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Structure And Reactivity Of Water At Biomaterial Surfaces.

E. Vogler
Published 1998 · Chemistry, Medicine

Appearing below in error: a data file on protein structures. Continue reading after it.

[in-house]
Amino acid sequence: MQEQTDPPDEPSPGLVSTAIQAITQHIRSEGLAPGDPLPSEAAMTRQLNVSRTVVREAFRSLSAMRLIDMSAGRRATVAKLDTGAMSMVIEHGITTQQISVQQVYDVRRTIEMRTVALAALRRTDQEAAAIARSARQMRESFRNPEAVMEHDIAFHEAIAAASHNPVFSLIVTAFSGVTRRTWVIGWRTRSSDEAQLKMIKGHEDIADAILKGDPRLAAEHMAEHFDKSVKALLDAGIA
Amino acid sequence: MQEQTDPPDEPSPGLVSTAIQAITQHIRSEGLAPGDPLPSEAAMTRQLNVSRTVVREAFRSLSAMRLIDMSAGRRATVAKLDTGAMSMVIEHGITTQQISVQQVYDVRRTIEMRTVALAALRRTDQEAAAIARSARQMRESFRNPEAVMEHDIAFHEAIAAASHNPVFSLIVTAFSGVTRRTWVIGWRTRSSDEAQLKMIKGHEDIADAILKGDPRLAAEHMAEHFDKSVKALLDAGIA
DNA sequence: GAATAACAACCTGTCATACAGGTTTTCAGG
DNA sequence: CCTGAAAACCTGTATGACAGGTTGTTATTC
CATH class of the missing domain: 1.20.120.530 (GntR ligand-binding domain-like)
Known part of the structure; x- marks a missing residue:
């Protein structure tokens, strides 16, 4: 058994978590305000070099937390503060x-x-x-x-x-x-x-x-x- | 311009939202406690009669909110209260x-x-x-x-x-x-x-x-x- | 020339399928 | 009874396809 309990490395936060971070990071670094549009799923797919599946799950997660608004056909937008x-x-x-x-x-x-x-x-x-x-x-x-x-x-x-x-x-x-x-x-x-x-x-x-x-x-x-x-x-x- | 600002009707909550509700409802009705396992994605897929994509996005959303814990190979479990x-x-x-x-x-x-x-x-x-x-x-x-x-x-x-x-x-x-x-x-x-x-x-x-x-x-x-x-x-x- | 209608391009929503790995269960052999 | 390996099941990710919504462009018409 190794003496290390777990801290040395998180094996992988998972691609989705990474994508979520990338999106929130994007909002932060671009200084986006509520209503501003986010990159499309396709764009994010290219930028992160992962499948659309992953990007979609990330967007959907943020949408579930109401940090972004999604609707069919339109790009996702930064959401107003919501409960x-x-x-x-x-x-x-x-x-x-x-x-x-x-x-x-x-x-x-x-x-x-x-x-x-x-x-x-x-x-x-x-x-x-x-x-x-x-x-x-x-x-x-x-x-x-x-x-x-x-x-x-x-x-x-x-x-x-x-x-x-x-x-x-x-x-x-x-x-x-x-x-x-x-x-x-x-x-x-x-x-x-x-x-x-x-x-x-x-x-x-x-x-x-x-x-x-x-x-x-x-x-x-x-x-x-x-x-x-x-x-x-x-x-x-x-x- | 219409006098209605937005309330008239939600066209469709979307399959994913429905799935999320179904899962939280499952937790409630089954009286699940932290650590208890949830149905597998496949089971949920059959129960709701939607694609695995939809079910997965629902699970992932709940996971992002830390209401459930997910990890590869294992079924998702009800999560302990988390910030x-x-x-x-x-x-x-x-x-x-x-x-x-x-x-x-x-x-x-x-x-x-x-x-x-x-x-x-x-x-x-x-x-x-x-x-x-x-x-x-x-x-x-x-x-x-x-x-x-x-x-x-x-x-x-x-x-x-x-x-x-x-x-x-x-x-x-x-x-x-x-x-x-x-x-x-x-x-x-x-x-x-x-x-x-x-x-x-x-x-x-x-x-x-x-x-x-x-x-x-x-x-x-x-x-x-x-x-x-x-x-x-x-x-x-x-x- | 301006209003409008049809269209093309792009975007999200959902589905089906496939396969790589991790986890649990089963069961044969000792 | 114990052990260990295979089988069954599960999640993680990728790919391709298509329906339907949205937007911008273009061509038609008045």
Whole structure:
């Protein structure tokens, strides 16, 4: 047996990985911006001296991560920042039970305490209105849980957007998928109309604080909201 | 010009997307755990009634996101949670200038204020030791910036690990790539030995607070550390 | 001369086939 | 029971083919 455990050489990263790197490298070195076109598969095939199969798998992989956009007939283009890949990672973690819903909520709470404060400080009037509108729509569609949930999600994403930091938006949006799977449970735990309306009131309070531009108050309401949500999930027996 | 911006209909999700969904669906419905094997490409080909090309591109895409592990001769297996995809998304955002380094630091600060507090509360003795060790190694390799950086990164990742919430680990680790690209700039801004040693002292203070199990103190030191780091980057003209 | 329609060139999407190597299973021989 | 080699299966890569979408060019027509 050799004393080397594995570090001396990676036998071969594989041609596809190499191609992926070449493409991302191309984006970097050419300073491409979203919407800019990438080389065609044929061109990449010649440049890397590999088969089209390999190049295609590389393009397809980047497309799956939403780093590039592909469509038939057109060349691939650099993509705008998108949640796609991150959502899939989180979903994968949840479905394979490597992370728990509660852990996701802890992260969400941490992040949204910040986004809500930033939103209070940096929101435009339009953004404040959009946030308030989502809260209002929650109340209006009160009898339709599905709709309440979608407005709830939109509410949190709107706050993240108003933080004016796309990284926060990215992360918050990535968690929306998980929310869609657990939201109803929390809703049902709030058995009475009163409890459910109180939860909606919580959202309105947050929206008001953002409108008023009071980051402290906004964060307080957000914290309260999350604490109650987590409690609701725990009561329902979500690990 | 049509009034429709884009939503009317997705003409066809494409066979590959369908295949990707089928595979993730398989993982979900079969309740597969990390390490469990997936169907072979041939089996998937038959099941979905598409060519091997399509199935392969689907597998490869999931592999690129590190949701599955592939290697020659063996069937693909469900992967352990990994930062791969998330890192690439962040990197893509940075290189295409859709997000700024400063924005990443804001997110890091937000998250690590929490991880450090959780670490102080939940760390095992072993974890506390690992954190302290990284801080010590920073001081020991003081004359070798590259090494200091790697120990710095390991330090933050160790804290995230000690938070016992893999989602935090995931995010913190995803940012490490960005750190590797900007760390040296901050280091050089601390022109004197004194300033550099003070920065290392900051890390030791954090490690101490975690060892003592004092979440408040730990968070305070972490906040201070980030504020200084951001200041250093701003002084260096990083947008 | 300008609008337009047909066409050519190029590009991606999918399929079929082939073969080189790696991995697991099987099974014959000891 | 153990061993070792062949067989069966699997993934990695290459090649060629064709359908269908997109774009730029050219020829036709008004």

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Molecular self association in liquids is a physical process that can dominate cohesion (interfacial tension) and miscibility. In water, self association is a powerful organizational force leading to a three-dimensional hydrogen-bonded network (water structure). Localized perturbations in the chemical potential of water as by, for example, contact with a solid surface, induces compensating changes in water structure that can be sensed tens of nanometers from the point of origin using the surface force apparatus (SFA) and ancillary techniques. These instruments reveal attractive or repulsive forces between opposing surfaces immersed in water, over and above that anticipated by continuum theory (DLVO), that are attributed to a variable density (partial molar volume) of a more-or-less ordered water structure, depending on the water wettability (surface energy) of the water-contacting surfaces. Water structure at surfaces is thus found to be a manifestation of hydrophobicity and, while mechanistic/theoretical interpretation of experimental results remain the subject of some debate in the literature, convergence of experimental observations permit, for the first time, quantitative definition of the relative terms 'hydrophobic' and 'hydrophilic'. In particular, long-range attractive forces are detected only between surfaces exhibiting a water contact angle theta > 65 degrees (herein defined as hydrophobic surfaces with pure water adhesion tension tau O = gamma O cos theta < 30 dyn/cm where gamma O is water interfacial tension = 72.8 dyn/cm). Repulsive forces are detected between surfaces exhibiting theta < 65 degrees (hydrophilic surfaces, tau O > 30 dyn/cm). These findings suggest at least two distinct kinds of water structure and reactivity: a relatively less-dense water region against hydrophobic surfaces with an open hydrogen-bonded network and a relatively more-dense water region against hydrophilic surfaces with a collapsed hydrogen-bonded network. Importantly, membrane and SFA studies reveal a discrimination between biologically-important ions that preferentially solubilizes divalent ions in more-dense water regions relative to less-dense water regions in which monovalent ions are enriched. Thus, the compelling conclusion to be drawn from the collective scientific evidence gleaned from over a century of experimental and theoretical investigation is that solvent properties of water within the interphase separating a solid surface from bulk water solution vary with contacting surface chemistry. This interphase can extend tens of nanometers from a water-contacting surface due to a propagation of differences in self association between vicinal water and bulk-phase water. Physicochemical properties of interfacial water profoundly influence the biological response to materials in a surprisingly straightforward manner when key measures of biological activity sensitive to interfacial phenomena are scaled against water adhesion tension tau O of contacting surfaces. As examples, hydrophobic surfaces (tau O < 30 dyn/cm) support adsorption of various surfactants and proteins from water because expulsion of solute from solution into the interphase between bulk solid and solution phases is energetically favorable. Adsorption to hydrophobic surfaces is driven by the reduction of interfacial energetics concomitant with replacement of water molecules at the surface by adsorbed solute (surface dehydration). Hydrophilic surfaces (tau O > 30 dyn/cm) do not support adsorption because this mechanism is energetically unfavorable. Protein-adsorbing hydrophobic surfaces are inefficient contact activators of the blood coagulation cascade whereas protein-repellent hydrophilic surfaces are efficient activators of blood coagulation. Mammalian cell attachment is a process distinct from protein adsorption that occurs efficiently to hydrophilic surfaces but inefficiently to hydrophobic surfaces. (ABSTRACT TRUNCATED)
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